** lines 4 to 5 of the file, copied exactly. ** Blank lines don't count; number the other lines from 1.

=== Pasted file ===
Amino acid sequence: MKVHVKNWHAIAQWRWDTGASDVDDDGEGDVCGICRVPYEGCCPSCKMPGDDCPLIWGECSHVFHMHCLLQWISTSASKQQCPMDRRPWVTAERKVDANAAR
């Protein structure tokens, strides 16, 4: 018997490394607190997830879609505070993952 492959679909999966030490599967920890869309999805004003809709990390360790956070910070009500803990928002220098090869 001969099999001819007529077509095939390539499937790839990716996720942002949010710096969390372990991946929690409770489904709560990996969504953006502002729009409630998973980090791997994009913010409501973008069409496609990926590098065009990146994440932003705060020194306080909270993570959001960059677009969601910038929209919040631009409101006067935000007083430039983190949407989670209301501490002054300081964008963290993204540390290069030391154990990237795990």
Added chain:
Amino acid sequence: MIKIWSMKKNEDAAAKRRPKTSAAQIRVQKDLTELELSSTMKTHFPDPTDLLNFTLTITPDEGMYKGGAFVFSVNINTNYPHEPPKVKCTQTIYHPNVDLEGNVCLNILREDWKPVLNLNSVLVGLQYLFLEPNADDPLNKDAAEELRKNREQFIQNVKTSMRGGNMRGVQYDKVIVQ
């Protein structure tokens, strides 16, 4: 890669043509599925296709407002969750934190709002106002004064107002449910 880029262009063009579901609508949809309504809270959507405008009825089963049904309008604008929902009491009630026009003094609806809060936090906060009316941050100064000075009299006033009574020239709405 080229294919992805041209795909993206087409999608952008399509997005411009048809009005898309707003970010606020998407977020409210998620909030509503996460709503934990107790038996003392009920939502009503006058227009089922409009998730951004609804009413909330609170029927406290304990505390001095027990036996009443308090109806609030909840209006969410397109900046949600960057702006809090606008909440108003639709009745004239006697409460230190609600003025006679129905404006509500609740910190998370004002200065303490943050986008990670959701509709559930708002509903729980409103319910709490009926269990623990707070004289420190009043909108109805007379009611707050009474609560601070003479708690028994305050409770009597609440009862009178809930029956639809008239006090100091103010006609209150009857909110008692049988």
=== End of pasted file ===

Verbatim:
Amino acid sequence: MIKIWSMKKNEDAAAKRRPKTSAAQIRVQKDLTELELSSTMKTHFPDPTDLLNFTLTITPDEGMYKGGAFVFSVNINTNYPHEPPKVKCTQTIYHPNVDLEGNVCLNILREDWKPVLNLNSVLVGLQYLFLEPNADDPLNKDAAEELRKNREQFIQNVKTSMRGGNMRGVQYDKVIVQ
């Protein structure tokens, strides 16, 4: 890669043509599925296709407002969750934190709002106002004064107002449910 880029262009063009579901609508949809309504809270959507405008009825089963049904309008604008929902009491009630026009003094609806809060936090906060009316941050100064000075009299006033009574020239709405 080229294919992805041209795909993206087409999608952008399509997005411009048809009005898309707003970010606020998407977020409210998620909030509503996460709503934990107790038996003392009920939502009503006058227009089922409009998730951004609804009413909330609170029927406290304990505390001095027990036996009443308090109806609030909840209006969410397109900046949600960057702006809090606008909440108003639709009745004239006697409460230190609600003025006679129905404006509500609740910190998370004002200065303490943050986008990670959701509709559930708002509903729980409103319910709490009926269990623990707070004289420190009043909108109805007379009611707050009474609560601070003479708690028994305050409770009597609440009862009178809930029956639809008239006090100091103010006609209150009857909110008692049988």